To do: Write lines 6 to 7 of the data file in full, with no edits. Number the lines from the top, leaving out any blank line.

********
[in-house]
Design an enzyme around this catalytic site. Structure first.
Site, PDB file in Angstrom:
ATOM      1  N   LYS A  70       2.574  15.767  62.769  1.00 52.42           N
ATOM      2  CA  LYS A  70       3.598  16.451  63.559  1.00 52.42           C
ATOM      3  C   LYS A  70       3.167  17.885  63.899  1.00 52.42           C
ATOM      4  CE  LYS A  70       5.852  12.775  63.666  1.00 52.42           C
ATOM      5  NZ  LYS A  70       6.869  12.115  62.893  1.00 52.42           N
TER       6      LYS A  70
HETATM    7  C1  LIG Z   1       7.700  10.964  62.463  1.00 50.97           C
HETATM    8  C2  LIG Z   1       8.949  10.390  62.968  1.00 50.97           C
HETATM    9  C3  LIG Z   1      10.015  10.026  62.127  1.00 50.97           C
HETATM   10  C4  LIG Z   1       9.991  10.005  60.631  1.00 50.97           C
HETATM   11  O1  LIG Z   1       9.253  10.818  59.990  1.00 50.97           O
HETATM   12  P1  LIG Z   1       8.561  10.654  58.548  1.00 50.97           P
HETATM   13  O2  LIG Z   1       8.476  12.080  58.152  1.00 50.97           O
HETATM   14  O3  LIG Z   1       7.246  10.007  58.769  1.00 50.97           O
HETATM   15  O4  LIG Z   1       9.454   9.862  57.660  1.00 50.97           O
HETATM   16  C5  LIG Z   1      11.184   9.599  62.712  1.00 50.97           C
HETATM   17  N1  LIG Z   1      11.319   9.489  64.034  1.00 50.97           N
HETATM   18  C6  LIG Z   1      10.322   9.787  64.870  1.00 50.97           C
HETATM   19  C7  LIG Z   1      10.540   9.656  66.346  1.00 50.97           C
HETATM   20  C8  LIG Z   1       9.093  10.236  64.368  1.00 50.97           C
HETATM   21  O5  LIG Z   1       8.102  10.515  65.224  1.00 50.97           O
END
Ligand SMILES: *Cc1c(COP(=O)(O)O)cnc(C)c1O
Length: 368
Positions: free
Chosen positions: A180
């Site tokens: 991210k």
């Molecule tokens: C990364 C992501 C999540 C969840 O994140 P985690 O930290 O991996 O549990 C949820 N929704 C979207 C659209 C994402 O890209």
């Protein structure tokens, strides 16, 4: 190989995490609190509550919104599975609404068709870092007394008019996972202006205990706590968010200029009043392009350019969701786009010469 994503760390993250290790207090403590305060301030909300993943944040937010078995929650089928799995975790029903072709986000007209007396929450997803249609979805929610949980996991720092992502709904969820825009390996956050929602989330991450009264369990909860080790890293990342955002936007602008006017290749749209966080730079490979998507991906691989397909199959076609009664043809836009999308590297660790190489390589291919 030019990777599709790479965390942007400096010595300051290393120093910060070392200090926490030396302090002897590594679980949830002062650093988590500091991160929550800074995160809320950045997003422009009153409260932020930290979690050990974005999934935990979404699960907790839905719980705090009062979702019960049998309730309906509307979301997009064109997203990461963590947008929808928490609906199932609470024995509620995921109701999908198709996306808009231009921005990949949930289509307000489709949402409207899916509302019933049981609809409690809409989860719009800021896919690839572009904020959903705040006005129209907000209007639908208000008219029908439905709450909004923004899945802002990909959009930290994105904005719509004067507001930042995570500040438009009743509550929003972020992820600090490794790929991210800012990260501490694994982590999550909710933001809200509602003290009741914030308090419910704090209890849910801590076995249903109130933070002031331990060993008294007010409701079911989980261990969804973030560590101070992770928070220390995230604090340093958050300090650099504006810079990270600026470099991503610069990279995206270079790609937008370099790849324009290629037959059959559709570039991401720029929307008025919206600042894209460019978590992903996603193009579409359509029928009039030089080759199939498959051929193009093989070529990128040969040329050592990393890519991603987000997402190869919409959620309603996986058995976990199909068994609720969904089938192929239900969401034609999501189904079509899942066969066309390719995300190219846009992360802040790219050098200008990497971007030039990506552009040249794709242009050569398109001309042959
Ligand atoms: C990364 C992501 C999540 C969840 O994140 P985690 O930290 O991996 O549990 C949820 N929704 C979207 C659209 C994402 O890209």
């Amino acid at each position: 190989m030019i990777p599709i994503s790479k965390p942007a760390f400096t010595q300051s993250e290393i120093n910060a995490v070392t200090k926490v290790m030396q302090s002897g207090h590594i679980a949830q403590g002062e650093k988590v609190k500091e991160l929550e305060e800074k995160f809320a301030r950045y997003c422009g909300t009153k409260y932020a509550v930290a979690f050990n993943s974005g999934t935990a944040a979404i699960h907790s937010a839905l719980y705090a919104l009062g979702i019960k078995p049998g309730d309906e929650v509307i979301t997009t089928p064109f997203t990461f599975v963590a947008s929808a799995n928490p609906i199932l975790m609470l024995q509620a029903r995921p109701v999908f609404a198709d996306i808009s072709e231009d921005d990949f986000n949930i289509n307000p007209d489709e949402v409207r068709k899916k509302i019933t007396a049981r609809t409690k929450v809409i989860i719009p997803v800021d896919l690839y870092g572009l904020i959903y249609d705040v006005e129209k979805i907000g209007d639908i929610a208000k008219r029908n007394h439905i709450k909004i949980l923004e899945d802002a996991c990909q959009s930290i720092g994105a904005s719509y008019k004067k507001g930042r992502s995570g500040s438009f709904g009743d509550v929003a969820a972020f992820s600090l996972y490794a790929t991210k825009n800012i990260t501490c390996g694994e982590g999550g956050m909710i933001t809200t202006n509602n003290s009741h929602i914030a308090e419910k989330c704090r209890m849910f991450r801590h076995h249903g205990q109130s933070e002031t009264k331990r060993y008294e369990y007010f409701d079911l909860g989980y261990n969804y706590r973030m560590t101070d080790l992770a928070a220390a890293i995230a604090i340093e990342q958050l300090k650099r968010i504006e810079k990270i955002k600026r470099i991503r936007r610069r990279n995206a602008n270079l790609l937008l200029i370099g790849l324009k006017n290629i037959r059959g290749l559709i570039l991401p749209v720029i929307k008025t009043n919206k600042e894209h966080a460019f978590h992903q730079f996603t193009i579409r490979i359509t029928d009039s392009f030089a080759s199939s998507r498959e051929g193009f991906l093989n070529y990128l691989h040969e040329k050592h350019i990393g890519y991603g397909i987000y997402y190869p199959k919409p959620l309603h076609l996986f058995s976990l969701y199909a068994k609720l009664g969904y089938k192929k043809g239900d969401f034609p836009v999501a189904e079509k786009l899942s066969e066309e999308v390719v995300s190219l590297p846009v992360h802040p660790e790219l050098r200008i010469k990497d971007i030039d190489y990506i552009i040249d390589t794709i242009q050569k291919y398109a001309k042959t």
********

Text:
ATOM      3  C   LYS A  70       3.167  17.885  63.899  1.00 52.42           C
ATOM      4  CE  LYS A  70       5.852  12.775  63.666  1.00 52.42           C